Some people don’t want to help out the government. That’s fine. There are lots of opportunities to volunteer your time to the outdoors through non-government or non-profit groups. Often these groups are not oozing with extra money, so they love the support of volunteers. It is a huge resource that many organizations depend on.
It may come as a surprise, but the volunteer force is growing more rapidly than the paid labor force. As the society develops a more "green" sense, more people want to get out and help.
Also more people want to get out and enjoy a breath of fresh air while they escape the workweek zoo. Volunteering is a great way to do this.
Working with a non-government organization is often more focused on specific aspects of the environment. Volunteering for these groups is a great way to assist your home area. There are tons of groups that you can choose. The best way to find these volunteer opportunities is to ask around at your local outdoor stores or see what groups are working in your favorite recreational area.
Not only will you feel good about volunteering your time, but also your efforts may lead to full time positions or contacts you can use in your career. A few of the bigger names are the Student Conservation Association, The Nature conservancy, and the Appalachian Trail Conservancy.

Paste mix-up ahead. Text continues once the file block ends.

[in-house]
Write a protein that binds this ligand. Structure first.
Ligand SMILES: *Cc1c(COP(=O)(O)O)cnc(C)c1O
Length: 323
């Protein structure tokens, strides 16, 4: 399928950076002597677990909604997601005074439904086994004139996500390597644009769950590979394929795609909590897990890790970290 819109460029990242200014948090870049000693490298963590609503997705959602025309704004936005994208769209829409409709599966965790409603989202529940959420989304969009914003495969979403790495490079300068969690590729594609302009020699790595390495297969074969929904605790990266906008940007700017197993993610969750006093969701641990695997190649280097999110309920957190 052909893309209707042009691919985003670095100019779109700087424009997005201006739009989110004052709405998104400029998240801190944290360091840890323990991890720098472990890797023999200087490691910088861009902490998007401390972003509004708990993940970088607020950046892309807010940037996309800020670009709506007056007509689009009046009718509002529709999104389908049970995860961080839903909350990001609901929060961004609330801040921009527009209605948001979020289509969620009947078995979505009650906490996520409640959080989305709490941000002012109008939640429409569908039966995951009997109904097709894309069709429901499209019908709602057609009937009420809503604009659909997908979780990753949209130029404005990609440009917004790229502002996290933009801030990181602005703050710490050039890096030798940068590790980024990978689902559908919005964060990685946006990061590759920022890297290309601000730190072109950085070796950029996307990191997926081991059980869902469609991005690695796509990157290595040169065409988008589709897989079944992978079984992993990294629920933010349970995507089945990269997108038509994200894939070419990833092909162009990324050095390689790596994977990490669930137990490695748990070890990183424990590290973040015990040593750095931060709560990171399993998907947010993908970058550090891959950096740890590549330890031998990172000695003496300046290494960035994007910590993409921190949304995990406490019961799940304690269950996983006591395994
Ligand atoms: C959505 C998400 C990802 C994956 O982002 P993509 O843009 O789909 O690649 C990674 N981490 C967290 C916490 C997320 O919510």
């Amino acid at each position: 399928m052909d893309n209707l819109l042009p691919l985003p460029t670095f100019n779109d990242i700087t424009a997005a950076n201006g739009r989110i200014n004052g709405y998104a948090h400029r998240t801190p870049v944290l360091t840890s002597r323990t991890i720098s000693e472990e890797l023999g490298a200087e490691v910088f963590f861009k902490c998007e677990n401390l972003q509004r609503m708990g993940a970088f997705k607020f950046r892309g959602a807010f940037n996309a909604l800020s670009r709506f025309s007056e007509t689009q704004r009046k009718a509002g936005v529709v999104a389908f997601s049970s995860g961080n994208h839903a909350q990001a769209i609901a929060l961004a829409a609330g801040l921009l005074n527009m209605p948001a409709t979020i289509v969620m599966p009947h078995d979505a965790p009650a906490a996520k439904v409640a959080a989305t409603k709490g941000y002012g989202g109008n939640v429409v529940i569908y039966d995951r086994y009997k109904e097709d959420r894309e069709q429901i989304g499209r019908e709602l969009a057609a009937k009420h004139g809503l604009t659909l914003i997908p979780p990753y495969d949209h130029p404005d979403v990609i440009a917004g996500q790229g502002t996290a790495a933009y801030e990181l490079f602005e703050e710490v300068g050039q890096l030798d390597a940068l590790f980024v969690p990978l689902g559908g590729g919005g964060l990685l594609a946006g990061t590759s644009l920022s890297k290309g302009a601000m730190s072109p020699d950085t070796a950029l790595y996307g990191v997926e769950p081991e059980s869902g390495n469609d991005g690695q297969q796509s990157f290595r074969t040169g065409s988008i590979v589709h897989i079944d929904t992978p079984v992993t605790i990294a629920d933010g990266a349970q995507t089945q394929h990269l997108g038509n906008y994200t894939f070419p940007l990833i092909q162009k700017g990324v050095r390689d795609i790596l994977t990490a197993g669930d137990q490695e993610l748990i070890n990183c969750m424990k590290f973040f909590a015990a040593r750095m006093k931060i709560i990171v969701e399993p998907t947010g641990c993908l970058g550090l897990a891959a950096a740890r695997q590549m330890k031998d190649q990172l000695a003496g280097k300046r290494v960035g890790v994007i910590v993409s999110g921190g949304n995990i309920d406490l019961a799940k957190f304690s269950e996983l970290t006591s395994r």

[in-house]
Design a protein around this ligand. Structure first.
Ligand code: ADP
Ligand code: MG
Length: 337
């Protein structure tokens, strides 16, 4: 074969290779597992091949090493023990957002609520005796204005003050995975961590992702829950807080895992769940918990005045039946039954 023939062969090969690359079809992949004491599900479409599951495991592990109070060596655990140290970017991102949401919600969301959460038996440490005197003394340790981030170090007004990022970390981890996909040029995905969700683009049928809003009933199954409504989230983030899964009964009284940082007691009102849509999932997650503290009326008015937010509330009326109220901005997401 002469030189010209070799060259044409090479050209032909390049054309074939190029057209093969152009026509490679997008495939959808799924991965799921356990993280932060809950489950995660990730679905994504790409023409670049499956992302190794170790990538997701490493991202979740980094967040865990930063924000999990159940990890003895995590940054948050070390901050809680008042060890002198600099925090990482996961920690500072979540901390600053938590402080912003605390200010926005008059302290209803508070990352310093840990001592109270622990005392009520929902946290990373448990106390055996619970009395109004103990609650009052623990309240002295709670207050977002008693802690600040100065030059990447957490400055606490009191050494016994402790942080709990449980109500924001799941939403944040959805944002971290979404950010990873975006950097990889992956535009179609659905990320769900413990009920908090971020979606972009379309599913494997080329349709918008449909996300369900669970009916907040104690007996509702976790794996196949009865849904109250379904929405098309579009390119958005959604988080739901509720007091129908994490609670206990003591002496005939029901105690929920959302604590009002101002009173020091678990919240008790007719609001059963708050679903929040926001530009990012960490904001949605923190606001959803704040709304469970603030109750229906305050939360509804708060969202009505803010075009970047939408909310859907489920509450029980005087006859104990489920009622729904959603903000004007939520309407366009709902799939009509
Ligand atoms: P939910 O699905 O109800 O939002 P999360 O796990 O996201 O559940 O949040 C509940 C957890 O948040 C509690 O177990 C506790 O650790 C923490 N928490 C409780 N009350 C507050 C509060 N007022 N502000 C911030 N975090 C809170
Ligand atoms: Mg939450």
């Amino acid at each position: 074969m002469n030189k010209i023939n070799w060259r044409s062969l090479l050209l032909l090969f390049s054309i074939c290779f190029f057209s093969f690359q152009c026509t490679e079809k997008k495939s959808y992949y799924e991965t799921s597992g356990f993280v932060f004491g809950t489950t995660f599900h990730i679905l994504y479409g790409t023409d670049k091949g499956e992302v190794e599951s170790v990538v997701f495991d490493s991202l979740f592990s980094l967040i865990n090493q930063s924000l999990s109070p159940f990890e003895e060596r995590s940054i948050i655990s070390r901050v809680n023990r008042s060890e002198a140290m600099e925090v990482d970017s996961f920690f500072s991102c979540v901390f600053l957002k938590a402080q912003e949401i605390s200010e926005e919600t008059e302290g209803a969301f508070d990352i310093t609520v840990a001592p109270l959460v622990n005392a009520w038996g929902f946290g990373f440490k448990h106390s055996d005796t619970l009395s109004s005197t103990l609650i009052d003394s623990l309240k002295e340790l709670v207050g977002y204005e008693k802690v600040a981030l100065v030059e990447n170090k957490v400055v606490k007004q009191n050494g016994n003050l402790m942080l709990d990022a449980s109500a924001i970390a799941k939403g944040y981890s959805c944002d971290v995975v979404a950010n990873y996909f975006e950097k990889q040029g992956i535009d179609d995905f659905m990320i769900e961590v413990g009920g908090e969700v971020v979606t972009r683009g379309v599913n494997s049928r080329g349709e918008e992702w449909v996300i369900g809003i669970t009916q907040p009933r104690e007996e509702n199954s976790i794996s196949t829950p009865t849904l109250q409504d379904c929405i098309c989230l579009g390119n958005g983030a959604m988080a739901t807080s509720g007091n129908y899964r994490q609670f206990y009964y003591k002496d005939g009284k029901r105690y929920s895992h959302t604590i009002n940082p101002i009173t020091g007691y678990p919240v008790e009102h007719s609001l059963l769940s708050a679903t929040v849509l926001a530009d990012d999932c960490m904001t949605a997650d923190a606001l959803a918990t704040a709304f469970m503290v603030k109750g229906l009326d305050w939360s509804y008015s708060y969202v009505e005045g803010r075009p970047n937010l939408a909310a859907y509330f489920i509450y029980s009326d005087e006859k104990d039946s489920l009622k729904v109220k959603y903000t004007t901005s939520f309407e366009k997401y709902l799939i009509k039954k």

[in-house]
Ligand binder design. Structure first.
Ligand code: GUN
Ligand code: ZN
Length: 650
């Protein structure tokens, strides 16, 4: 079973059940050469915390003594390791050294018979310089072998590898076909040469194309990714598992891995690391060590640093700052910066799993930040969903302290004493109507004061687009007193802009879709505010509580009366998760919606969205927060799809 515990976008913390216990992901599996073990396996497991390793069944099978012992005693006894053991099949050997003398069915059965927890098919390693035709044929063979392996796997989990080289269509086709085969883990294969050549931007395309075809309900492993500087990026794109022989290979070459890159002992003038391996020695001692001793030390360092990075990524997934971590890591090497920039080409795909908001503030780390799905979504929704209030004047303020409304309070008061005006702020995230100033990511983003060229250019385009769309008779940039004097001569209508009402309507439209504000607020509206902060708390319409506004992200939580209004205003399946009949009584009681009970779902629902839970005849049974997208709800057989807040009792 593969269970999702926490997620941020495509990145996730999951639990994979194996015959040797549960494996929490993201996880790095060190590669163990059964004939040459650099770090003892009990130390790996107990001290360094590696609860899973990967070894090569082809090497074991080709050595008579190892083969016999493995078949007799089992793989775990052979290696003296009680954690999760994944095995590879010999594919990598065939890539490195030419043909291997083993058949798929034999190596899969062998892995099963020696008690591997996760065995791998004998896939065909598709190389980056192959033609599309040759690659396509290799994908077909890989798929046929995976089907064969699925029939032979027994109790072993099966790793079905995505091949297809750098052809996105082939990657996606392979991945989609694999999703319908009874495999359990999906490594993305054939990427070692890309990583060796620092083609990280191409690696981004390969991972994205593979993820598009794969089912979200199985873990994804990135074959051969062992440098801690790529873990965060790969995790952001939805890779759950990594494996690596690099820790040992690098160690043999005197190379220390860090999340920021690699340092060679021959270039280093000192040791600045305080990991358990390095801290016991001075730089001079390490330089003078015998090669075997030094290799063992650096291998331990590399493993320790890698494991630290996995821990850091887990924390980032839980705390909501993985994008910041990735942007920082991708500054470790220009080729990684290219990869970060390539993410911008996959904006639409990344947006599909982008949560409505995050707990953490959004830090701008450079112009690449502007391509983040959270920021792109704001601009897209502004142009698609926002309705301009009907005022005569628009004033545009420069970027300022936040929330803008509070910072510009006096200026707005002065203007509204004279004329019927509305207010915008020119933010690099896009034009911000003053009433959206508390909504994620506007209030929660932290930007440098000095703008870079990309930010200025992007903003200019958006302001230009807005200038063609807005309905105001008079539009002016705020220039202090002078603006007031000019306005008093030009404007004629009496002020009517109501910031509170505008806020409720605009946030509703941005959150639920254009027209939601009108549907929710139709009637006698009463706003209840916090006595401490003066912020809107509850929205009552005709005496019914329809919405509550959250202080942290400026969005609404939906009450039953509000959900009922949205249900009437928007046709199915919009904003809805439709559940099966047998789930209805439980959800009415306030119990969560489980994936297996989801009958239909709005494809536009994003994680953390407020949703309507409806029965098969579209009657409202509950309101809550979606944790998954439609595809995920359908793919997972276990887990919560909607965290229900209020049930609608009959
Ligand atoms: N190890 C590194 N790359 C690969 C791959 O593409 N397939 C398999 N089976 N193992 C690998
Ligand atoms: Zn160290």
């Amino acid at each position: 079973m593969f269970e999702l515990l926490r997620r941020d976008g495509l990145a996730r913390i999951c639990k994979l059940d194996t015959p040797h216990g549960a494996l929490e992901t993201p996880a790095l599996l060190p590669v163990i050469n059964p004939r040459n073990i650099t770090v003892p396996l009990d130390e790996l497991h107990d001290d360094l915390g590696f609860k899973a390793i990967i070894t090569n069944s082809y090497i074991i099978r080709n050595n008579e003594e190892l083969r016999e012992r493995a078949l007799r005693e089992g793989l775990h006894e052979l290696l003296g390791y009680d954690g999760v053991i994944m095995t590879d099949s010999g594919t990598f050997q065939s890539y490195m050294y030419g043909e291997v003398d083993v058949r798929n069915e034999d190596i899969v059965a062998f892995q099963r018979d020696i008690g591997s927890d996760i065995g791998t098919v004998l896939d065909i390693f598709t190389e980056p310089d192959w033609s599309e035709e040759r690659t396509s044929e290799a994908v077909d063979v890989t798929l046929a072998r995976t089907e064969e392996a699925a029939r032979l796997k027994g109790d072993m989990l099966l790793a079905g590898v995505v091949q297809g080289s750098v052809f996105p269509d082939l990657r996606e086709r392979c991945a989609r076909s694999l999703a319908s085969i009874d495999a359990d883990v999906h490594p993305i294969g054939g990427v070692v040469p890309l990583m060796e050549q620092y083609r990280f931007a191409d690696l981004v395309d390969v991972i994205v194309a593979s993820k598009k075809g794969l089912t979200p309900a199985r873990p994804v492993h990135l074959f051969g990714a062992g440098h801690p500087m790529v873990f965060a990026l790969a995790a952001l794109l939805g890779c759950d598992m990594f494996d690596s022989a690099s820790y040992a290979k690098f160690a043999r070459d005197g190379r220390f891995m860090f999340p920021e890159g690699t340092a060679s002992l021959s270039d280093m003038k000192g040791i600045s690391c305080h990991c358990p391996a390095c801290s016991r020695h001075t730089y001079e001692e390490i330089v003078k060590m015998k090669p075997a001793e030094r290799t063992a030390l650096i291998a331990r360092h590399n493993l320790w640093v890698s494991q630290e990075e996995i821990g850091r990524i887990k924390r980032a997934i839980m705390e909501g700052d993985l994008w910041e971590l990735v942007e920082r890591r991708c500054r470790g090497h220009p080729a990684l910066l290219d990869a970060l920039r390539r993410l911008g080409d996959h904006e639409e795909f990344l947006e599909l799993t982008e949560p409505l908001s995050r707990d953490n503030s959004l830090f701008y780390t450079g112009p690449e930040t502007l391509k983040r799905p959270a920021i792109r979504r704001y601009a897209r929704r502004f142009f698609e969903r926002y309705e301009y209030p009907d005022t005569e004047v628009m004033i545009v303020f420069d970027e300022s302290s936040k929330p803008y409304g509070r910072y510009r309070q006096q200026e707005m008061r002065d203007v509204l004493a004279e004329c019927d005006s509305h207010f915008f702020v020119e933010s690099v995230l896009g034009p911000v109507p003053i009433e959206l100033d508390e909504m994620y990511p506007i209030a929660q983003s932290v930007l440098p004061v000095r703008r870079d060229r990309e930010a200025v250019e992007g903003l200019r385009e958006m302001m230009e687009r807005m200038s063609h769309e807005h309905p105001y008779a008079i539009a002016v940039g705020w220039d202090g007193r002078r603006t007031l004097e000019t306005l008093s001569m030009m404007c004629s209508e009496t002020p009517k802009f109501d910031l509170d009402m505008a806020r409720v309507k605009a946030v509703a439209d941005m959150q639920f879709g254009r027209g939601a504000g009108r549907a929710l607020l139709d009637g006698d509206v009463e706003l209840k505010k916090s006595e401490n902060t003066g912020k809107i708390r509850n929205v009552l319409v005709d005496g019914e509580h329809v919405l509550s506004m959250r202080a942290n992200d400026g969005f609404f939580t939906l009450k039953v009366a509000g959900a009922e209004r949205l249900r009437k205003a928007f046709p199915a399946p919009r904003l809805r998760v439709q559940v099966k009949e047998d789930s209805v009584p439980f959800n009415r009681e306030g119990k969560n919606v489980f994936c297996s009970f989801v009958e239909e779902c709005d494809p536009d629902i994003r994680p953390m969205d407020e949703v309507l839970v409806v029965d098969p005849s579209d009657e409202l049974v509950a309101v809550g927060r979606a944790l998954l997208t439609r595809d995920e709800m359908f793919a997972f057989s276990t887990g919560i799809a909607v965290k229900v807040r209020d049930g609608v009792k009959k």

The Student Conservation Association is a great place to volunteer. Every year, it places about 2,500 students and adults in nature volunteering positions with the government. You may work in wildlife conservation, updating trail conditions boards, monitoring water quality, and lots of other things. Positions usually last about three months at 40 hours per week and you must be in high school or college. The benefits are great too. No costs, college credit, financial aid, stipends, and you usually don’t even need any experience.
The Nature Conservancy’s goal is to identify, acquire, and protect threatened habitats. Its whole structure is based on volunteers. It’s worked this way since 1951. Now as a volunteer, you may be involved in anything from aerial photography to exotic plant species control to desktop publishing to public speaker. The opportunities are awesome.
The Appalachian Trail Conservancy overlooks the 2,135-mile long Appalachian Trail that traverses 14 states. As a volunteer you’ll either be a trail crew member, who maintains trails and educate hikers or you’ll be a ridge runner, who hikes the busiest sections of the trail to note the numbers and types of hikers, but also to lend a helping hand.
There are so many exciting volunteer opportunities available that it may be hard to decide what you want to do. The most important thing when volunteering is to go into whatever you do with a positive attitude and have fun. You’re outdoors how couldn’t you?